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GUEST POST: Launch of Mercedes-Benz R-Class in M”sia

Written by Cheryl Tay on . Posted in Contributors

Guest Post Contributed by Hugh Ujhazy 

The open road, wind in your hair, the smell of leather, the bass note of a performance engine caressing your inner ear. That’s the image we cherish. The one we hold onto. The one we clutch desperately. Sad, really. The reality of city living and driving is moving people and things from A to B where the route from A to B is subject to roadworks, road rage and general road congestion.


Even though the popular sport utility vehicle has taken tremendous mind share, it’s hard, in most cases, to realize that ultimate dream. Getting a baby carrier, two children under the age of eight, mom and dad into a Porsche 911 could happen but only in an alternate universe where the laws of physics are subject to major rearrangement.


Rather than face the challenge of rear-engined, air-cooled, performance-optimized driving (with the family in tow), there is a compromise that gives push you back in your seat performance (when needed) and yet manages to carry the afore-mentioned load of stuff from the previously referred A to some designated B. The Mercedes-Benz R-Class has been a behind-the-scenes player in the Mercedes stable for some years.


Overshadowed by the exotic SLS, the stately S-Class and the day to day sedan appeal of the E-Class, the virtues of the R lay forgotten behind an unfortunate mishmash of bloated styling and mixed marketing messages. For 2011, Mercedes has looked long and hard at the needs of us who have families and want to move them around conveniently. Seven true seats (not a fold out afterthought that robs all storage space from the vehicle), the R is a true contender against the Audi Q7 and the BMW X5, and it offers more space in a truly lifted package.

Benefiting from a new front end shared across the range, the stance is slightly more aggressive and well planted, having lost the droopy nose of the previous models. Some time at the gym has trimmed the previously generous flanks, narrowing them and creating an attractive line down the side of vehicle. The rear is still dominated by the full tail gate but the lighting package and rear glass help minimize the dominance of metal. All told, the styling changes have unified the R300 with the M- and B-Class models.


In addition to the grille, the front end features daylight running lights or new chrome-ringed fog lamps in the grille’s lower bout. Overall, the appearance is newer, wider and in Mercedes-Benz speak, more assertive. In the rear, the exhaust finishers are integrated into the rear fascia. Among the safety features are Mercedes-Benz Blind-spot assist, Pre-Safe and Neck-Pro front seat head restraints.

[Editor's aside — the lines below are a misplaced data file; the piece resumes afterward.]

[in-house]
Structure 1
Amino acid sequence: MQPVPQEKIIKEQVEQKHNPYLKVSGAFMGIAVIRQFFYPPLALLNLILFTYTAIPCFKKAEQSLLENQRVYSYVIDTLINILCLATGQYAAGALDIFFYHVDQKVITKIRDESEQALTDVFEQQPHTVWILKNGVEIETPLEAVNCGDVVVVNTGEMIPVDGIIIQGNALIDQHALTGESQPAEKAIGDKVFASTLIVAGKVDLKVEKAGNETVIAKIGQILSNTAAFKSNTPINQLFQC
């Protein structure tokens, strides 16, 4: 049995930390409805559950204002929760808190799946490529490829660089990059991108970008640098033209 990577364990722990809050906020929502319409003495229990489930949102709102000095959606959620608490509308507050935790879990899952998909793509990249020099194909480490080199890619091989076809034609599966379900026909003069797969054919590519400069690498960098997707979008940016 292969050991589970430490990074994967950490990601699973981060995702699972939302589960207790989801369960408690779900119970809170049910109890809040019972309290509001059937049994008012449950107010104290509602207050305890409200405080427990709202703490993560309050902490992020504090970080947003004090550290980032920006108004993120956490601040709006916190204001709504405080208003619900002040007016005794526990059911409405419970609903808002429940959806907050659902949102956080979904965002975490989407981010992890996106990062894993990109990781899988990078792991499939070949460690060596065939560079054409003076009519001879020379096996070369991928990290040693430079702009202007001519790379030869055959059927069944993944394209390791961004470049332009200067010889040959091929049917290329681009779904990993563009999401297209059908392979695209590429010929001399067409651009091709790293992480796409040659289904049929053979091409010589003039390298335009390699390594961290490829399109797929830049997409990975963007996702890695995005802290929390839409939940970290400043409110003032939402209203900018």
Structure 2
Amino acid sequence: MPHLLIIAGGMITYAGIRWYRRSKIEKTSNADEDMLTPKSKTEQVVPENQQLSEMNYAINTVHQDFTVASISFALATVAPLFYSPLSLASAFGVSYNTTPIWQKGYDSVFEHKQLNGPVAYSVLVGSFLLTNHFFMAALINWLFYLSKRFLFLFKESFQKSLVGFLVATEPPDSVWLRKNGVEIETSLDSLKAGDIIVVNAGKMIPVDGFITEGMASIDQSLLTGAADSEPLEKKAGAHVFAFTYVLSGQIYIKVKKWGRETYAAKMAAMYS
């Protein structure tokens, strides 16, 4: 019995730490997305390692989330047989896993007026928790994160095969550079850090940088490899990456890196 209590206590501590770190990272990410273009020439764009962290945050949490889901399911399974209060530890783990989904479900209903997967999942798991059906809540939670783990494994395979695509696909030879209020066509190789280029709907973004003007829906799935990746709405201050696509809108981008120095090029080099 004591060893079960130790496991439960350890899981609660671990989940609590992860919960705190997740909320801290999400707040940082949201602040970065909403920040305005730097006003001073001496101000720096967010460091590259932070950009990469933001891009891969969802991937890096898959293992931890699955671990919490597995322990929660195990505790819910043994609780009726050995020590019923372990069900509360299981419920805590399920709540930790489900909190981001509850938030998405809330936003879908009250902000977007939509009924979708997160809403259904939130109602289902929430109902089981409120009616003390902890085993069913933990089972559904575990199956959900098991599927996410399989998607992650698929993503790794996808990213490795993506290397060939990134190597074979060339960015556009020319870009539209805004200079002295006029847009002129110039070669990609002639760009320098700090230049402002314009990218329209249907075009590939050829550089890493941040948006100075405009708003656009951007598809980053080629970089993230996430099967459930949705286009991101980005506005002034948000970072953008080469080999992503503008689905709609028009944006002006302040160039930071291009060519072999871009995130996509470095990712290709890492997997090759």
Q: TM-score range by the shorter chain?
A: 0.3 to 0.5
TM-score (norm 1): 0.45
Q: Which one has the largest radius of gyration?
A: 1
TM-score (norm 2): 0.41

Configurable as a four-, five-, six- or seven-passenger vehicle, it can be equipped with centre consoles between the middle row of seats, as well as a back row that reclines. The amount of cargo space depends only on how many seats you fold forward, or order in the first place. R-Class vehicles ordered without third-row seating are equipped with an under-floor storage area. Overall capacity is 15.2-cubic feet with all three rows in the upright position. Fold them flat and capacity tops out at 85-cubic feet.


The R-Class defends its luxury status by avoiding the sliding doors of mini-vans, opting instead for swing out rear doors that yawn cavernously to give access to the interior. Luxury abounds inside. An AMG sport package with custom seats and trim is one way to go. A refreshed interior with aluminum and chrome highlights and extravagant wood trim dresses up the cabin. The seating configuration is good, although it does take several tries and adjustments to finally get the seats to fold forward for the flat-floor cargo area to finally be realized.


In Malaysia, the R-Class offers the 3.0-liter V6 petrol engine producing 268 horsepower and 258 lb-ft. of torque. The CGI diesel versions will not be sold here in Malaysia due to the amount of sulphur in the fuel. Performance buffs can mix the engine with steering wheel-mounted paddle shifters. The R300 rides on a suspension comprised of upper and lower control arms, coil springs, shocks and stabilizer bar in front and a load-leveling air suspension out back.

The mix of leather, styling and an eco-friendly powertrain (plus the inevitable and dominant three-pointed star on the grill) make this a vehicle that won’t be for everyone. Fully imported into Malaysia, it tops out close to RM500,000. That said, this is the vehicle for conquering distance and inner city traffic alike. A vehicle that will park close to your neighbour’s Q7 and feel comfortably superior.


Staying clear of the bread-box minivan styling chosen by Toyota and Hyundai, the R-Class offers a fully-imported, beautifully-appointed and extremely comfortable ride for the whole family. Performance from 0-60mph in around 8.6 seconds is not nose-bleed territory but respectable for a vehicle over two tonnes in curb weight. When pushed on positioning the vehicle in the market, Mercedes places it as a first-class people mover. Given the 11l/100km fuel economy and a comfortable seating arrangement for a true seven adults, they have delivered against their claim. The Mercedes-Benz R-Class is available now in Malaysia from all Mercedes-Benz dealers.